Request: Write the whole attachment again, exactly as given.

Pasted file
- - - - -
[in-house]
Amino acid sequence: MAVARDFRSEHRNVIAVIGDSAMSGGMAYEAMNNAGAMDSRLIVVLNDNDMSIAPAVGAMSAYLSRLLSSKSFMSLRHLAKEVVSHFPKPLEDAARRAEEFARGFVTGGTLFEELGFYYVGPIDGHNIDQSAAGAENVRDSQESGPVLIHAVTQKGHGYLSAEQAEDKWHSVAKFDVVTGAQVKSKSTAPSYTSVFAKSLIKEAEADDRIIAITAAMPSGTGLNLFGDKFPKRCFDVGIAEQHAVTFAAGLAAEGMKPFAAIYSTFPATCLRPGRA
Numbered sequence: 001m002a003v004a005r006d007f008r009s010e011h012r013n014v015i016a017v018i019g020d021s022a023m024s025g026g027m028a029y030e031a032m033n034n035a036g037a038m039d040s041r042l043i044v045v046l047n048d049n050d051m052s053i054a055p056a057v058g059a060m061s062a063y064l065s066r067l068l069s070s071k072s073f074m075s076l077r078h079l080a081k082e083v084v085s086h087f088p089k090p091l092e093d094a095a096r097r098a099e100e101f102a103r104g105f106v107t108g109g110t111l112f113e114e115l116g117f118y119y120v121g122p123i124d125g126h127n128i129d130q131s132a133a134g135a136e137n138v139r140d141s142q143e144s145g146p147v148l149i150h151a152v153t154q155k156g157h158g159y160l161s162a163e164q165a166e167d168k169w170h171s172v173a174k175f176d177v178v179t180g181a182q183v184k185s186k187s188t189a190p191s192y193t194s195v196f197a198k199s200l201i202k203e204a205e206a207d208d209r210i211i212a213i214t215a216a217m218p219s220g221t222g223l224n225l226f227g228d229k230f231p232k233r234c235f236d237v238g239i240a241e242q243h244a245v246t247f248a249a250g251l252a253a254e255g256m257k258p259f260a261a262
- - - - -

[in-house]
Amino acid sequence: MAVARDFRSEHRNVIAVIGDSAMSGGMAYEAMNNAGAMDSRLIVVLNDNDMSIAPAVGAMSAYLSRLLSSKSFMSLRHLAKEVVSHFPKPLEDAARRAEEFARGFVTGGTLFEELGFYYVGPIDGHNIDQSAAGAENVRDSQESGPVLIHAVTQKGHGYLSAEQAEDKWHSVAKFDVVTGAQVKSKSTAPSYTSVFAKSLIKEAEADDRIIAITAAMPSGTGLNLFGDKFPKRCFDVGIAEQHAVTFAAGLAAEGMKPFAAIYSTFPATCLRPGRA
Numbered sequence: 001m002a003v004a005r006d007f008r009s010e011h012r013n014v015i016a017v018i019g020d021s022a023m024s025g026g027m028a029y030e031a032m033n034n035a036g037a038m039d040s041r042l043i044v045v046l047n048d049n050d051m052s053i054a055p056a057v058g059a060m061s062a063y064l065s066r067l068l069s070s071k072s073f074m075s076l077r078h079l080a081k082e083v084v085s086h087f088p089k090p091l092e093d094a095a096r097r098a099e100e101f102a103r104g105f106v107t108g109g110t111l112f113e114e115l116g117f118y119y120v121g122p123i124d125g126h127n128i129d130q131s132a133a134g135a136e137n138v139r140d141s142q143e144s145g146p147v148l149i150h151a152v153t154q155k156g157h158g159y160l161s162a163e164q165a166e167d168k169w170h171s172v173a174k175f176d177v178v179t180g181a182q183v184k185s186k187s188t189a190p191s192y193t194s195v196f197a198k199s200l201i202k203e204a205e206a207d208d209r210i211i212a213i214t215a216a217m218p219s220g221t222g223l224n225l226f227g228d229k230f231p232k233r234c235f236d237v238g239i240a241e242q243h244a245v246t247f248a249a250g251l252a253a254e255g256m257k258p259f260a261a262